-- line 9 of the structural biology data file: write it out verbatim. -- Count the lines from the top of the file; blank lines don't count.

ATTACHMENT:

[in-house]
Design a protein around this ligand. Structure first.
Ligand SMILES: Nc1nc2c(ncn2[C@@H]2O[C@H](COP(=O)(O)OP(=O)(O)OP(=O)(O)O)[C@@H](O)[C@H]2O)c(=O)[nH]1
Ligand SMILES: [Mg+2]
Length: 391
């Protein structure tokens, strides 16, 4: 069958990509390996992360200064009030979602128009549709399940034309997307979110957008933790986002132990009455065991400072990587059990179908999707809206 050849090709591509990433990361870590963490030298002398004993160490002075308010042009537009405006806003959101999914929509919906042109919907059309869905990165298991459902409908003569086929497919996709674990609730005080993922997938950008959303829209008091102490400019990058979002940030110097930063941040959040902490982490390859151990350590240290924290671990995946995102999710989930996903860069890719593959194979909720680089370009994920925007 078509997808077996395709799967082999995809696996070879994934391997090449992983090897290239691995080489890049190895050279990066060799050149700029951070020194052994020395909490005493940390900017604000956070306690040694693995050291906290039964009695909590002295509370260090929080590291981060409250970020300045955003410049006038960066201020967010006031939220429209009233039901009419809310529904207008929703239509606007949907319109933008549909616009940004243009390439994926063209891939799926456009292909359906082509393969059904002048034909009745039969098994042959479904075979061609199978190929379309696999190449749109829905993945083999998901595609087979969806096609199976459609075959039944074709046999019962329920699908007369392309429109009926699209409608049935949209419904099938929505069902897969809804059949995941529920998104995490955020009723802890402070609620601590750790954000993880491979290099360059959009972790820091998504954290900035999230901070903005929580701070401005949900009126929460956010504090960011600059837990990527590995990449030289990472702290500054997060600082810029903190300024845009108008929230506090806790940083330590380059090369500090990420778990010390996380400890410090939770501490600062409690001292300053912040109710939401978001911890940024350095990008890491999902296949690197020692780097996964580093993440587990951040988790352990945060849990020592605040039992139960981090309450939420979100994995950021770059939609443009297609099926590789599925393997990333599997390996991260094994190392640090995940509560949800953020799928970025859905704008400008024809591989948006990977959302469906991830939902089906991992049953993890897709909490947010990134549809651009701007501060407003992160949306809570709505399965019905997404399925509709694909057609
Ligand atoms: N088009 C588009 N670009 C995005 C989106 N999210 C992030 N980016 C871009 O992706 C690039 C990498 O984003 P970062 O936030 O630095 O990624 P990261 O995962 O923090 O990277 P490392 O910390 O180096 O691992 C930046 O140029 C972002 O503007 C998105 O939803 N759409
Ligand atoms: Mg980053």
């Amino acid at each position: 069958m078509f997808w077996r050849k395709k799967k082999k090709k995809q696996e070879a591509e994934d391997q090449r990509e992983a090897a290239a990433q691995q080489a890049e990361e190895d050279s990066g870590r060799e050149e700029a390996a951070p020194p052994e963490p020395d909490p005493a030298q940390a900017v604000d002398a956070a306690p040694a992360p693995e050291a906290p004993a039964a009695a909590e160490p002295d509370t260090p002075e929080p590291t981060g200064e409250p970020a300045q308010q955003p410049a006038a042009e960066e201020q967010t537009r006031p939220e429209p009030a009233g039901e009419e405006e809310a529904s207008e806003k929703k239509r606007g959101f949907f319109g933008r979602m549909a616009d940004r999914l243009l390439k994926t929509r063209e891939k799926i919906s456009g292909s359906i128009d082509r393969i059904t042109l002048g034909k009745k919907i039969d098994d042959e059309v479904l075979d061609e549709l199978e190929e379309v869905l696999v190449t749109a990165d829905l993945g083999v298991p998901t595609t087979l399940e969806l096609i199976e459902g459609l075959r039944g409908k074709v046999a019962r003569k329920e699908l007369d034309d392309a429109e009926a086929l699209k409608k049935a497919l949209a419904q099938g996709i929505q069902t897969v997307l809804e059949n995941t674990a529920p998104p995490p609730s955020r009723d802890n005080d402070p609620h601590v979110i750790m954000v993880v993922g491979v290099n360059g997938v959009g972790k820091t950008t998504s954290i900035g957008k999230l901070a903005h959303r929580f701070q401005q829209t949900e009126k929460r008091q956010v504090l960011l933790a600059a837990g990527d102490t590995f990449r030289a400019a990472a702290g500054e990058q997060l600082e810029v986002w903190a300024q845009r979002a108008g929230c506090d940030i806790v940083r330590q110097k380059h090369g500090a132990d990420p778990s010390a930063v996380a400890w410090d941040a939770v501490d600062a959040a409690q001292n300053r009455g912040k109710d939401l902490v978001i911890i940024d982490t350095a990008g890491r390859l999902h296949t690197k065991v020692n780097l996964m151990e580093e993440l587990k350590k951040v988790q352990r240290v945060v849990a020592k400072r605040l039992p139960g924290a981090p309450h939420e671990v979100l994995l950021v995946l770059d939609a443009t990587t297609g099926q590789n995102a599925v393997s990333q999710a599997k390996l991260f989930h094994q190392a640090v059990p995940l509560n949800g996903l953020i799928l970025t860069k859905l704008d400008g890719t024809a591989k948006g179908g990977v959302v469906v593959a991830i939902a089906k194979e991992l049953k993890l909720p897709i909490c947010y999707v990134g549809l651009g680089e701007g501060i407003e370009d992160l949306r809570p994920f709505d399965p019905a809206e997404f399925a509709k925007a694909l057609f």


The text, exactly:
């Amino acid at each position: 069958m078509f997808w077996r050849k395709k799967k082999k090709k995809q696996e070879a591509e994934d391997q090449r990509e992983a090897a290239a990433q691995q080489a890049e990361e190895d050279s990066g870590r060799e050149e700029a390996a951070p020194p052994e963490p020395d909490p005493a030298q940390a900017v604000d002398a956070a306690p040694a992360p693995e050291a906290p004993a039964a009695a909590e160490p002295d509370t260090p002075e929080p590291t981060g200064e409250p970020a300045q308010q955003p410049a006038a042009e960066e201020q967010t537009r006031p939220e429209p009030a009233g039901e009419e405006e809310a529904s207008e806003k929703k239509r606007g959101f949907f319109g933008r979602m549909a616009d940004r999914l243009l390439k994926t929509r063209e891939k799926i919906s456009g292909s359906i128009d082509r393969i059904t042109l002048g034909k009745k919907i039969d098994d042959e059309v479904l075979d061609e549709l199978e190929e379309v869905l696999v190449t749109a990165d829905l993945g083999v298991p998901t595609t087979l399940e969806l096609i199976e459902g459609l075959r039944g409908k074709v046999a019962r003569k329920e699908l007369d034309d392309a429109e009926a086929l699209k409608k049935a497919l949209a419904q099938g996709i929505q069902t897969v997307l809804e059949n995941t674990a529920p998104p995490p609730s955020r009723d802890n005080d402070p609620h601590v979110i750790m954000v993880v993922g491979v290099n360059g997938v959009g972790k820091t950008t998504s954290i900035g957008k999230l901070a903005h959303r929580f701070q401005q829209t949900e009126k929460r008091q956010v504090l960011l933790a600059a837990g990527d102490t590995f990449r030289a400019a990472a702290g500054e990058q997060l600082e810029v986002w903190a300024q845009r979002a108008g929230c506090d940030i806790v940083r330590q110097k380059h090369g500090a132990d990420p778990s010390a930063v996380a400890w410090d941040a939770v501490d600062a959040a409690q001292n300053r009455g912040k109710d939401l902490v978001i911890i940024d982490t350095a990008g890491r390859l999902h296949t690197k065991v020692n780097l996964m151990e580093e993440l587990k350590k951040v988790q352990r240290v945060v849990a020592k400072r605040l039992p139960g924290a981090p309450h939420e671990v979100l994995l950021v995946l770059d939609a443009t990587t297609g099926q590789n995102a599925v393997s990333q999710a599997k390996l991260f989930h094994q190392a640090v059990p995940l509560n949800g996903l953020i799928l970025t860069k859905l704008d400008g890719t024809a591989k948006g179908g990977v959302v469906v593959a991830i939902a089906k194979e991992l049953k993890l909720p897709i909490c947010y999707v990134g549809l651009g680089e701007g501060i407003e370009d992160l949306r809570p994920f709505d399965p019905a809206e997404f399925a509709k925007a694909l057609f």